He, like many other health experts, said that dry chill accompanied with high pollution level in the air is causing spread of respiratory tract infections and immediate rain as well as heavy wind is needed to cleanse the air quality, which seems to be engulfed by dusty clouds, toxic metals and vapours.

Dr. Rai said that by creating awareness among public on preventive measures needed to avoid respiratory tract infections, the spread of ARIs can be controlled.

To avoid upper and lower respiratory tract infections including pneumonia, children should be protected from cold by using warm clothing while infants should be breastfed at least for two years. Parents should avoid children from getting wet to avoid pneumonia and the environment of the children should be kept clean, he said.

He added that children below five years of age must be administered pneumococal vaccine and haemophilus influenzae type B (HIB) vaccine which is available under Expanded Program on Immunization. Both the vaccines are available at the allied hospitals free of cost, he said.

He added that to safeguard school-going children from winter related infections, parents should not allow them to consume ice cream, cold drinks and other like cold dishes. They should be protected from cold and should be given green tea with honey, he said.

Both the infants and school going children should be protected from all types of smoke that contains greater number of allergens, he said.

To a query, Dr. Rai said the ARIs are highly contagious and can be passed by tiny droplets produced during sneezing or coughing of infected persons and touching things with hands and tissues that others touch.

The incidence of ARIs can be avoided among children and infants through simple low cost interventions like hand washing and breastfeeding and these should be followed religiously by parents, he said.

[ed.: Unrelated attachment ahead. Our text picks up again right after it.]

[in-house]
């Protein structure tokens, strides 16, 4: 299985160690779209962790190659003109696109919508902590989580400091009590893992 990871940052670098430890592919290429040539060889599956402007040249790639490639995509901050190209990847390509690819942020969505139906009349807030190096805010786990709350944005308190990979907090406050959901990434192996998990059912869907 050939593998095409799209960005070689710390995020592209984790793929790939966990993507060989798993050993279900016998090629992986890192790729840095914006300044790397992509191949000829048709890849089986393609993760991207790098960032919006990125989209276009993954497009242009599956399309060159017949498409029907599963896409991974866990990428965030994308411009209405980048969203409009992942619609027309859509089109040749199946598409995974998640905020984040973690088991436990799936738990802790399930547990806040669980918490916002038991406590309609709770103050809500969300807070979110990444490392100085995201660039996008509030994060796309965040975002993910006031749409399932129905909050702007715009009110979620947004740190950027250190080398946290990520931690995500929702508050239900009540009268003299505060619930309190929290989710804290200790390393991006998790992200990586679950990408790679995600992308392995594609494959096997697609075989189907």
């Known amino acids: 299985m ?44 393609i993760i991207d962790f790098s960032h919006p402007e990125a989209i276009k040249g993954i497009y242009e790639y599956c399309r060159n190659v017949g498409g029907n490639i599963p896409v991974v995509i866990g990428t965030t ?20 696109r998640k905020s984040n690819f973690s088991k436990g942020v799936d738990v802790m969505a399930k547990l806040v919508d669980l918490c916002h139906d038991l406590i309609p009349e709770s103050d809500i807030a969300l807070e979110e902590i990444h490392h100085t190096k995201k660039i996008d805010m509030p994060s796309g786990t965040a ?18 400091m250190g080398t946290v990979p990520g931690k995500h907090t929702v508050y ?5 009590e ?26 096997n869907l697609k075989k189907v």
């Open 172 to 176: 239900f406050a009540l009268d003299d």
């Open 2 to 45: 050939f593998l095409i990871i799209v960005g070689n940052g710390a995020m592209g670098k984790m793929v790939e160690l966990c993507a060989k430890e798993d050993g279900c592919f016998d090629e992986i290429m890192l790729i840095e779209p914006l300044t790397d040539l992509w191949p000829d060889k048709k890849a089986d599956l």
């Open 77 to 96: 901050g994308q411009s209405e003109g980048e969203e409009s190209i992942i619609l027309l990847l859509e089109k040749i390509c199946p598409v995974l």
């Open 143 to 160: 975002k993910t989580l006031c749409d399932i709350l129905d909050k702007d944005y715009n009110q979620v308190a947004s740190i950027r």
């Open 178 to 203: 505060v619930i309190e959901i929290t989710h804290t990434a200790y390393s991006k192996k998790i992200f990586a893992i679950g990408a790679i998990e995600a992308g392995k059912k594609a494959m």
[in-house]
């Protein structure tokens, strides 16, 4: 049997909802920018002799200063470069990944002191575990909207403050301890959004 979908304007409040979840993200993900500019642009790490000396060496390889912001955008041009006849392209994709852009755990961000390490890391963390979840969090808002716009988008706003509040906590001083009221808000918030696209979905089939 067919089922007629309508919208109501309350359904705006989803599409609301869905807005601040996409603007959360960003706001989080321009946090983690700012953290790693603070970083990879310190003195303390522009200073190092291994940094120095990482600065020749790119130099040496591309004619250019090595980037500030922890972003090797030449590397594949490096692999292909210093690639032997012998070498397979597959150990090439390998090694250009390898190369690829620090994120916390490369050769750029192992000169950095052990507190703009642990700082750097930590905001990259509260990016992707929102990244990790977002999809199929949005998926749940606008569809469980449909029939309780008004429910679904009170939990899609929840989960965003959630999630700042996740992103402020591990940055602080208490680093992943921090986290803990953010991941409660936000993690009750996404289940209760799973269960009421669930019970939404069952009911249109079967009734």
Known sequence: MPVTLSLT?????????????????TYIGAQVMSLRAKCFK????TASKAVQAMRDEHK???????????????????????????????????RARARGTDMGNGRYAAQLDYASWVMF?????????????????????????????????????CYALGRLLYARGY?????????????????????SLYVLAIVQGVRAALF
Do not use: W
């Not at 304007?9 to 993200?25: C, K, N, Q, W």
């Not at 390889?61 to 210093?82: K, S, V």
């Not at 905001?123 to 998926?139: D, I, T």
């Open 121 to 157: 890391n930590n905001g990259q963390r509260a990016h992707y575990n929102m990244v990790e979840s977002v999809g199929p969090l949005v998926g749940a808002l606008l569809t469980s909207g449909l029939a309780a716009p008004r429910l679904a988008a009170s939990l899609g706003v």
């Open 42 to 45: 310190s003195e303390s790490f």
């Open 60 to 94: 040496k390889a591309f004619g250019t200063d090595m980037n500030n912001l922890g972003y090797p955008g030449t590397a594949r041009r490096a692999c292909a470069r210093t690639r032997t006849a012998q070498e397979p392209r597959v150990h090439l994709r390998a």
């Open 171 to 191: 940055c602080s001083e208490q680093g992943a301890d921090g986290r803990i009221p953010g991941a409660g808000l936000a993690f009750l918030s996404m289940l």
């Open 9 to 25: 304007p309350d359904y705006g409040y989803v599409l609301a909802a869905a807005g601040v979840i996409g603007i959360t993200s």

He added that overcrowding in a room as happened in winter contaminates the environment if the room is not properly ventilated and it may cause ARIs including pneumonia. The rooms in which children and infants are kept should have proper ventilation system and should be in access of sunlight, he said.

It is important that pneumococal vaccine as part of EPI has already been introduced at the allied hospitals that provides major cover against pneumonia. Three doses of pneumococal vaccine are administered to infants at the age of six weeks, 10 weeks and 14 weeks and parents may bring infants to the allied hospitals for the vaccine’s administration, said Dr. Rai.

It is need of the time to make parents aware of the fact that infants who are breastfed have least chances of getting respiratory tract infections including pneumonia, he said.

He said that children should be given healthy diet in winter including fresh fruits, milk, egg and meat products as malnourished children are more likely to get seasonal infections in winter as compared to well-nourished children.

 

Topstory minus plus

Opinion minus plus

Newspost minus plus

Editorial minus plus

National minus plus

World minus plus

Sports minus plus

Business minus plus

Karachi minus plus

Lahore minus plus

Islamabad minus plus

Peshawar minus plus